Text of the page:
3D Laser Survey of Japanese Earthquake Damage - 25/08/2011


The vehicle-based laser mapping system StreetMapper is being used to assess the structural damage caused by the Japanese earthquake of 11 March 2011. The mobile mapping system, purchased from Mirukuru and operated by Asia Air Survey, has been used to capture highly detailed 3D survey data. This data will also be used to survey the effects of soil liquefaction (loss of strength from saturated soil) which is an important factor in the disaster-hit area where much of the land is reclaimed from the sea.

 

 

The Tôhoku or Great East Japan earthquake was the most powerful earthquake known to have hit Japan and one of the ten most powerful in the world since modern record-keeping began in 1900. The quake then triggered a destructive tsunami with waves of 38.9 metres travelling up to 10 kilometres inland. Asia Air Survey had just taken delivery of StreetMapper, which they have named Geomaster Neo, and StreetMapper product manager Chris Cox was on site at the company's offices in Kanagawa on the outskirts of Tokyo when the quake struck. Fortunately the building only suffered cosmetic damage and no-one was hurt.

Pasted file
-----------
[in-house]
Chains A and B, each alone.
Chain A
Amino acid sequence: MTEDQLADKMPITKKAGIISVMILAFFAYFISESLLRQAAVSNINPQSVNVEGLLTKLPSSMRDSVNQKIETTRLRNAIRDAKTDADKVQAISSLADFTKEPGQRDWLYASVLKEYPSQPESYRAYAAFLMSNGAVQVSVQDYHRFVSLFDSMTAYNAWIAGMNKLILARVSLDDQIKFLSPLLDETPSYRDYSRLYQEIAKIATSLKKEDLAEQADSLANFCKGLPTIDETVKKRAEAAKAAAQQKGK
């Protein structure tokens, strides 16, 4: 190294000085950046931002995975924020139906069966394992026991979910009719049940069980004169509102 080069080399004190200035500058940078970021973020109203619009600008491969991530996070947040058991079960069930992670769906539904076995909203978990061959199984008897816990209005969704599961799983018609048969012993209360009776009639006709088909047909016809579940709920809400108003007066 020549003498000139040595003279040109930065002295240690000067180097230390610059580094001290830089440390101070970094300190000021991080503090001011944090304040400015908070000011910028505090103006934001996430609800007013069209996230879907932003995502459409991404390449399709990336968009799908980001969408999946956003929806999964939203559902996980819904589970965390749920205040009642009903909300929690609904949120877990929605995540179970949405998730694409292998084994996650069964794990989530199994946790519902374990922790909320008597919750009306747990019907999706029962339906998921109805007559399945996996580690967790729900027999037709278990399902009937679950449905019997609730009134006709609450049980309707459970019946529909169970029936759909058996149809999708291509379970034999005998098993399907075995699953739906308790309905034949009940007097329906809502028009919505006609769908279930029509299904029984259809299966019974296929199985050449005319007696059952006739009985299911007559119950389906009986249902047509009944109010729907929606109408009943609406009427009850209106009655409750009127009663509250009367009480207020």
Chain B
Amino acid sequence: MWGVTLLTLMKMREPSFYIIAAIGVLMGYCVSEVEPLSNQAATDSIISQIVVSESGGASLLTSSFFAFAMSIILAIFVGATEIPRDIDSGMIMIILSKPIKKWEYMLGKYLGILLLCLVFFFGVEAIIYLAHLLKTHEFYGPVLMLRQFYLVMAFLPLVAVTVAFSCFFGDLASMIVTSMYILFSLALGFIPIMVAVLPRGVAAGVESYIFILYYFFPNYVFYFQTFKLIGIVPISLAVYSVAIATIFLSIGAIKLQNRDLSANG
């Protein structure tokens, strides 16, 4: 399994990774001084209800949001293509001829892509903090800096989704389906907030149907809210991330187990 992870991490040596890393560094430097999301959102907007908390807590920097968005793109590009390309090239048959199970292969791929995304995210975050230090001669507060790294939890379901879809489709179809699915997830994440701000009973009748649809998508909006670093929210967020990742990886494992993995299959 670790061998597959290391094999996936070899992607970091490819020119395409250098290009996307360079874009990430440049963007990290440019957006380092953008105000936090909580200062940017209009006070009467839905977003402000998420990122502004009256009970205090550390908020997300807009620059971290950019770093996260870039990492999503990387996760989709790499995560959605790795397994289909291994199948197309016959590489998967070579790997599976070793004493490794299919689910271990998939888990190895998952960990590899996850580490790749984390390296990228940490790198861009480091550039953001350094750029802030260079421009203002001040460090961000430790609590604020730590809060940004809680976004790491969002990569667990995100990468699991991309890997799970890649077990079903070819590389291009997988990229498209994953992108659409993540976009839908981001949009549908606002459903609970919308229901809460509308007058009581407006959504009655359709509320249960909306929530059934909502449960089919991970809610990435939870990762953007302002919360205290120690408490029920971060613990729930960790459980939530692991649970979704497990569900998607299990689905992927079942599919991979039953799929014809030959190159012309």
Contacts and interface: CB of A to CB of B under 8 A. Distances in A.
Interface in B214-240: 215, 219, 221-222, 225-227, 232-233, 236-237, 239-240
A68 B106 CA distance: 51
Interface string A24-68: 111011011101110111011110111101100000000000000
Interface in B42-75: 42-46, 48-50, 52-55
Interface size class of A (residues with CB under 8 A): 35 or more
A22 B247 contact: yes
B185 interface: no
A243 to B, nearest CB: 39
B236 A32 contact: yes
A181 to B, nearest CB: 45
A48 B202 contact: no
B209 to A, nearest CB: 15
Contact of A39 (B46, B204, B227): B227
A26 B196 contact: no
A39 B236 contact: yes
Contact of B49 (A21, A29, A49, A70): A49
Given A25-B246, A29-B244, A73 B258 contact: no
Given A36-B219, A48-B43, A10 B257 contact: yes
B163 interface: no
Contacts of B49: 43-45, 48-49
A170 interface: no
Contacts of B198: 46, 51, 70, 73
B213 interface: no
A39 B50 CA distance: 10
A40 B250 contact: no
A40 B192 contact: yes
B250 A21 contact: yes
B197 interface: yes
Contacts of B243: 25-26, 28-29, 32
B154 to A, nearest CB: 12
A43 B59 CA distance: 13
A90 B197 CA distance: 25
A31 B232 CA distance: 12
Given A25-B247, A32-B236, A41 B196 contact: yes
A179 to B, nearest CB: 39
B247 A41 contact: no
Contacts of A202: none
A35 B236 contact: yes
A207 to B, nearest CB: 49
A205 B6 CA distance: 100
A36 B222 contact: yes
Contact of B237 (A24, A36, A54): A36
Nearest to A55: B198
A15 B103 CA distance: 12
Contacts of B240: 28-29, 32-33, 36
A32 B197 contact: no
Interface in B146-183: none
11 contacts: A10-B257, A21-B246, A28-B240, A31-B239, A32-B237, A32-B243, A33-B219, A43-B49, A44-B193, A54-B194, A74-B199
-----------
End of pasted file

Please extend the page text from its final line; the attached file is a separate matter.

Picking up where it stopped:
Shuhei Hatake, general manager of Asia Air Survey's Geospatial Product Centre recently reported that they had captured 100 kilometres of survey data using the system along the roadways of Sendai, the largest city in the Tôhoku region. Asia Air Survey is currently processing the survey data in order to quantify structural damage suffered as a result of the earthquake and to measure water levels attained by the tsunami, evident from stains left on structures and debris elevations. It is hoped that this information will prove a valuable resource for remediation works and from which to assess future vulnerabilities and prepare emegency responses.
 
Asia Air Survey purchased the StreetMapper system from 3D Laser Mapping's local distributor and partner Mirukuru.

 

Last updated: 22/02/2020